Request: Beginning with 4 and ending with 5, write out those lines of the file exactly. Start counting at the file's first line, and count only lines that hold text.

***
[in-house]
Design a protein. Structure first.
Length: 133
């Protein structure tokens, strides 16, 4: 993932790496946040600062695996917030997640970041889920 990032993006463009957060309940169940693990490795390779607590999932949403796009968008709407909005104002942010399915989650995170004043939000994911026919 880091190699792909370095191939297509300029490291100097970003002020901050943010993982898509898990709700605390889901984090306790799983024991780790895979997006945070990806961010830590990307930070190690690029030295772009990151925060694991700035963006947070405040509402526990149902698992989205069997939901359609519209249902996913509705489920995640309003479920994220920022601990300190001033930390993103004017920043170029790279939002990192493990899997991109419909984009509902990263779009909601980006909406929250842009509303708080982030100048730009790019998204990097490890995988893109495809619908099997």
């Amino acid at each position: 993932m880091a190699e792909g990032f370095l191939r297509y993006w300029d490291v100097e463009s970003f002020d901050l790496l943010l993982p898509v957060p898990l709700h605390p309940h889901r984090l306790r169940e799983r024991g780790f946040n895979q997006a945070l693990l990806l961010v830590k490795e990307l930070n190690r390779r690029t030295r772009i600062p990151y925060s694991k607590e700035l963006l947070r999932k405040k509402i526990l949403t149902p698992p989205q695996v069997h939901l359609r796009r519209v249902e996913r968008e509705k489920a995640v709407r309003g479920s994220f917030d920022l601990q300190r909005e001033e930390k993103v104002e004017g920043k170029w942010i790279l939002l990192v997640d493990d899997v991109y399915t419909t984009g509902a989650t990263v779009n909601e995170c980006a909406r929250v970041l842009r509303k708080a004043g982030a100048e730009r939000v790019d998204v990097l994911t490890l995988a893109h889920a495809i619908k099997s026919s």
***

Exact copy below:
């Protein structure tokens, strides 16, 4: 993932790496946040600062695996917030997640970041889920 990032993006463009957060309940169940693990490795390779607590999932949403796009968008709407909005104002942010399915989650995170004043939000994911026919 880091190699792909370095191939297509300029490291100097970003002020901050943010993982898509898990709700605390889901984090306790799983024991780790895979997006945070990806961010830590990307930070190690690029030295772009990151925060694991700035963006947070405040509402526990149902698992989205069997939901359609519209249902996913509705489920995640309003479920994220920022601990300190001033930390993103004017920043170029790279939002990192493990899997991109419909984009509902990263779009909601980006909406929250842009509303708080982030100048730009790019998204990097490890995988893109495809619908099997």
């Amino acid at each position: 993932m880091a190699e792909g990032f370095l191939r297509y993006w300029d490291v100097e463009s970003f002020d901050l790496l943010l993982p898509v957060p898990l709700h605390p309940h889901r984090l306790r169940e799983r024991g780790f946040n895979q997006a945070l693990l990806l961010v830590k490795e990307l930070n190690r390779r690029t030295r772009i600062p990151y925060s694991k607590e700035l963006l947070r999932k405040k509402i526990l949403t149902p698992p989205q695996v069997h939901l359609r796009r519209v249902e996913r968008e509705k489920a995640v709407r309003g479920s994220f917030d920022l601990q300190r909005e001033e930390k993103v104002e004017g920043k170029w942010i790279l939002l990192v997640d493990d899997v991109y399915t419909t984009g509902a989650t990263v779009n909601e995170c980006a909406r929250v970041l842009r509303k708080a004043g982030a100048e730009r939000v790019d998204v990097l994911t490890l995988a893109h889920a495809i619908k099997s026919s």